During CNN’s town hall last Tuesday, Nancy Pelosi, the Democratic House Minority Leader, took a question from college student Trevor Hill.
Hill cited a Harvard University poll showing 51 percent of people between the ages of 18 and 29—not just Democrats, not just leftists—no longer support the system of capitalism.”
Pelosi had an immediate, physical, reaction; she recoiled at the mere suggestion capitalism is losing favor among large swaths of the population. Hill continued, noting that, as a gay man, he has been “excited to see Democrats move left on social issues.”
But his question for Pelosi was: Are Democrats open to moving “farther left to a more populist message” on economic issues, creating “a more stark contrast” to right-wing economics?
Pelosi’s response was quick and sure. After all, she couldn’t let anyone get the wrong impression. “Well I thank you for your question,” she said, “but I have to say, we’re capitalist, and that’s just the way it is.”
The House Minority Leader went on to tell a story whose motive was to distinguish between two different capitalisms, one that is good to those at the bottom of income distribution and one that is not. We have entered the age of shareholder capitalism, Pelosi alleged, and that is why CEO pay continues to climb while the average worker sees little to no income growth.
She went on to argue the income inequality we see today is “an immorality,” the “free market” remains “a place that can do good things.”
There’s a reason such talk sounds shallow: For a majority of the population, the so-called “free market” hasn’t worked for a long time. For millennials like Trevor, capitalism appears to have outlived its usefulness; as Fredrik deBoer noted, “only about half of 30-year-old workers in America earn more than their parents did at the same age.”
“Compare that to previous generations,” deBoer added. “In 1940, 92% of Americans in their 30s earned more than their parents did at the same age. That’s a vast drop.”
And, to be sure, it’s not just young people who are feeling the pain of stagnation and decline. As the economists Thomas Piketty, Emmanuel Saez, and Gabriel Zucman noted in a recent report, “For the 117 million U.S. adults in the bottom half of the income distribution, growth has been non-existent for a generation.” It is, they concluded, “a tale of two countries” — one enriched by the current order, one excluded entirely.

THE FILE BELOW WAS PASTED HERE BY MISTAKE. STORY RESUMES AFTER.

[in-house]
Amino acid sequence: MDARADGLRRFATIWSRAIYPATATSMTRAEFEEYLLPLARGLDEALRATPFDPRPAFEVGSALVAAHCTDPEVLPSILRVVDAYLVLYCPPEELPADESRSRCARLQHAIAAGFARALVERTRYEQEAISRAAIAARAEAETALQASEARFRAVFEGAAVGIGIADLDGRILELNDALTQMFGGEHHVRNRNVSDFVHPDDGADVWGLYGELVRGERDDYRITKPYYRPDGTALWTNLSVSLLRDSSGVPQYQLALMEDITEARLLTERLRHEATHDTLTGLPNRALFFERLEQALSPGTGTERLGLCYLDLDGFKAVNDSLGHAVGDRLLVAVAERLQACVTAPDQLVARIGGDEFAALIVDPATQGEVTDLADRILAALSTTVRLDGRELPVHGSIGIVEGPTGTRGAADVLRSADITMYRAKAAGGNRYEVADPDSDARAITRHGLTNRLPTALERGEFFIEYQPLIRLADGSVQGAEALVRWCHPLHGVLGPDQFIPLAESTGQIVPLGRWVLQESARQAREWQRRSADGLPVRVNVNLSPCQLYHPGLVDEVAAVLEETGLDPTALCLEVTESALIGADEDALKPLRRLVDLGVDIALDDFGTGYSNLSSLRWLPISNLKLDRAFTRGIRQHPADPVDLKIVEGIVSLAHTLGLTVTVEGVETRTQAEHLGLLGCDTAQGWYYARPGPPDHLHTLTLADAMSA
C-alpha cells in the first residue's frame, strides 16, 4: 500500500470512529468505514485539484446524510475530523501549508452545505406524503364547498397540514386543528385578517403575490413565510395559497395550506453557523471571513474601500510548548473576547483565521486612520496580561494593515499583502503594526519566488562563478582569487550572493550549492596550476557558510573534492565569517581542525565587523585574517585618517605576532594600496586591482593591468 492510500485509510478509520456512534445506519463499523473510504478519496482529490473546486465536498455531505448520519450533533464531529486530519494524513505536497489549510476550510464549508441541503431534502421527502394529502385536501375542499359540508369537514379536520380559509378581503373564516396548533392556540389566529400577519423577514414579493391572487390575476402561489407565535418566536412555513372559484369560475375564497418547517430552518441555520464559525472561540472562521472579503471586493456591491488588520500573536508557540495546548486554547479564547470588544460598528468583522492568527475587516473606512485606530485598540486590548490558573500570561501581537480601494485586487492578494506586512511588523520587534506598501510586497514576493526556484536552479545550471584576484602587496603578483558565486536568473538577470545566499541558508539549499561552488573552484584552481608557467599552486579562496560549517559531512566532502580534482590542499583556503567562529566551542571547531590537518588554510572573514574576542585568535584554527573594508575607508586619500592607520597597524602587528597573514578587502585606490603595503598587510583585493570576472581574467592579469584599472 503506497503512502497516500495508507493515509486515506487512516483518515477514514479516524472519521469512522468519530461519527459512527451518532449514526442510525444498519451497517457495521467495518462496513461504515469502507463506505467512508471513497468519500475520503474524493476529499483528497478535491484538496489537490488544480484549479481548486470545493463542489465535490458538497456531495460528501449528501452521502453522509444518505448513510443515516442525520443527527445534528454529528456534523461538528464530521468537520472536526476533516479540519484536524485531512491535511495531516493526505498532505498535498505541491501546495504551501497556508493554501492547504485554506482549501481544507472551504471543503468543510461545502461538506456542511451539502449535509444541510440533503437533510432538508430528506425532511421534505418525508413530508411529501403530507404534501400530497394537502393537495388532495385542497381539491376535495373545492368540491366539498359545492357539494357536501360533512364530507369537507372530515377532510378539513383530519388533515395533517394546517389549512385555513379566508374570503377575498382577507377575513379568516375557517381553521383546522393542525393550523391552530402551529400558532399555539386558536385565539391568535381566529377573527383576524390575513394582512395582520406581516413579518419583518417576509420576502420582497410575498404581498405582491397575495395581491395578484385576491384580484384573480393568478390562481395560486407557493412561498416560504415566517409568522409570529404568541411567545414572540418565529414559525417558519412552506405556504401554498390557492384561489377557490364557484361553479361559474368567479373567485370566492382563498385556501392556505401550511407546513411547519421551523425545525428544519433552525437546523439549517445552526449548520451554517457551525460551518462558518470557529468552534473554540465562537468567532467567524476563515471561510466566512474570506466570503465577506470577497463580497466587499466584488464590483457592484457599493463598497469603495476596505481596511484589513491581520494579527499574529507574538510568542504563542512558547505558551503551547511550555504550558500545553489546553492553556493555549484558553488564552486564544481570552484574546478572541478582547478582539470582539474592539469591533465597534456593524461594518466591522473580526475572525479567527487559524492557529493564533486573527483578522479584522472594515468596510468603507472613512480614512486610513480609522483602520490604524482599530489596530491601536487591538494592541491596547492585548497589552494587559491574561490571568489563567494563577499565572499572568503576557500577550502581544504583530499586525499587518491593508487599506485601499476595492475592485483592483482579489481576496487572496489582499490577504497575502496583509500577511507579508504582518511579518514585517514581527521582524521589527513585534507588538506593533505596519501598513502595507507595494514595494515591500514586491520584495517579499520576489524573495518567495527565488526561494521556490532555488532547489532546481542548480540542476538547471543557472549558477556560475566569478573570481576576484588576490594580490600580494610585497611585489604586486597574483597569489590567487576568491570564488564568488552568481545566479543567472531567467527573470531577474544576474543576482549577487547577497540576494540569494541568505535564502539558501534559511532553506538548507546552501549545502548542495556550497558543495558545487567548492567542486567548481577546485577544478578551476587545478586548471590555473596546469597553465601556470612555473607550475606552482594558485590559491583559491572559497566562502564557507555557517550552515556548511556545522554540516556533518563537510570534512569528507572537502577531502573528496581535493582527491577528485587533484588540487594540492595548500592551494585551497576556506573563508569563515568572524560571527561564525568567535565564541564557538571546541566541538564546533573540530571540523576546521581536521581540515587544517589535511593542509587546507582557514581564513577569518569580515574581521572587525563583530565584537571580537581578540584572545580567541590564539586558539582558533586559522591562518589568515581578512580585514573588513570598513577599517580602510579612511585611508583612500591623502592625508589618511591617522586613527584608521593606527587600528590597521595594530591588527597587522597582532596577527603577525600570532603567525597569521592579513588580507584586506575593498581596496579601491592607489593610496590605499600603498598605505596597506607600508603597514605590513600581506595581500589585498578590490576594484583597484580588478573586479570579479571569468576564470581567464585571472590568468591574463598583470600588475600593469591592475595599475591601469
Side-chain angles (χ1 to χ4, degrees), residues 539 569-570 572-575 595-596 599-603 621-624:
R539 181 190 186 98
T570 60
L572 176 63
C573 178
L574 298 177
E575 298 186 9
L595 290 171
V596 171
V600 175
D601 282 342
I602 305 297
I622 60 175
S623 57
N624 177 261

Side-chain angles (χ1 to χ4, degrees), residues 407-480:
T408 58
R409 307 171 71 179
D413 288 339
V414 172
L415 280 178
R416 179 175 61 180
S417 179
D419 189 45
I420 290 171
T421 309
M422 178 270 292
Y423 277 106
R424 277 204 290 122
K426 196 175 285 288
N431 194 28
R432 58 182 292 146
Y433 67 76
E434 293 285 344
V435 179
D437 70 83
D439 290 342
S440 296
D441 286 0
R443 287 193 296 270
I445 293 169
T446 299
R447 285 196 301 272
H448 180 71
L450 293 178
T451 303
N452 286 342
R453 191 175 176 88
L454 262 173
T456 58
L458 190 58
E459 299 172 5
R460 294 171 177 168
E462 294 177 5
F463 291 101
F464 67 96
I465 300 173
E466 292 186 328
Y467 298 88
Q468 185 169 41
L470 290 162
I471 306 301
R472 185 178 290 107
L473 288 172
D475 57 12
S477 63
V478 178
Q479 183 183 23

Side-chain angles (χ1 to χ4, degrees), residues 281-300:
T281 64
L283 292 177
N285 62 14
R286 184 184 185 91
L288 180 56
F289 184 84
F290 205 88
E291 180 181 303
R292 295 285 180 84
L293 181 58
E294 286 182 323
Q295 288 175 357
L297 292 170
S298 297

There are multiple factors at play here: Tax cuts for the rich, the decline of unions, a slow-growth economy. The financial collapse eliminated the wealth of middle- and low-income homeowners, and many have yet to regain their footing. Wage growth has been largely stagnant since the 1970s.
And Democrats — particularly corporate-wing Democrats like Nancy Pelosi — have failed to offer sufficiently ambitious solutions these crises. Hillary Clinton’s anti-poverty program is a case in point. Instead of offering a robust agenda, she put forward the usual technocratic, means-tested policies that would merely tinker around the edges while leaving the larger structural issues intact.
There was, however, a candidate who represented a significant departure from the status quo. Bernie Sanders called for a $15 minimum wage (Clinton, along with many other Democrats, pushed for $12), far higher taxes on the wealthy, a crackdown on Wall Street, free public college tuition, and single-payer health care.
In short, the Sanders agenda was one placing aggressive redistribution of wealth and power at the center. It was an approach that didn’t avoid class war, but recognized a vicious war has been waged from above for decades and urged the 99 percent to fight back. He called this program democratic socialism.
In direct contrast to Pelosi, Sanders, when asked by Chuck Todd in 2015 if he is a capitalist, responded with a blunt, “No, I’m a democratic socialist.”
One can argue the meaning of the label — is Sanders in fact a democratic socialist, or is he really a social democrat?
The significant point is Sanders garnered rather incredible enthusiasm, and tangible results, by alleging capitalism as such is ineffective at addressing the needs of most of the population. It has been ineffective for a long time and a new imagination is necessary if we are to tackle head-on the immense crises we face, from rampant poverty to climate change.
Despite what his critics alleged throughout the Democratic primaries, the Sanders coalition was quite diverse, and the most prominent dividing line between those who voted for the Vermont senator and those who voted for Clinton was not race or gender but age.
The young voters who overwhelmingly favored Sanders will shape the future political landscape. No longer will they tolerate answers like “that’s just the way it is” from Democrats who have for too long failed to address the failures of the status quo.
Writing in 1970, the economist John Kenneth Galbraith lamented the state of the Democratic Party of his time. He wrote that “if the test of the success of a party is the quality and number of its office holders, the Democrats are not doing well.”
If they are to recover, Galbraith argued, they must condemn the current order as toxic and ineffective, and rather than urging we return to what was, they must move in an entirely new direction.
“The Democratic Party must henceforth use the word socialism,” he argued. “It describes what is needed.”
For how much longer will Galbraith’s advice be ignored?
Jake Johnson is a freelance writer. Follow him on Twitter: @johnsonjakep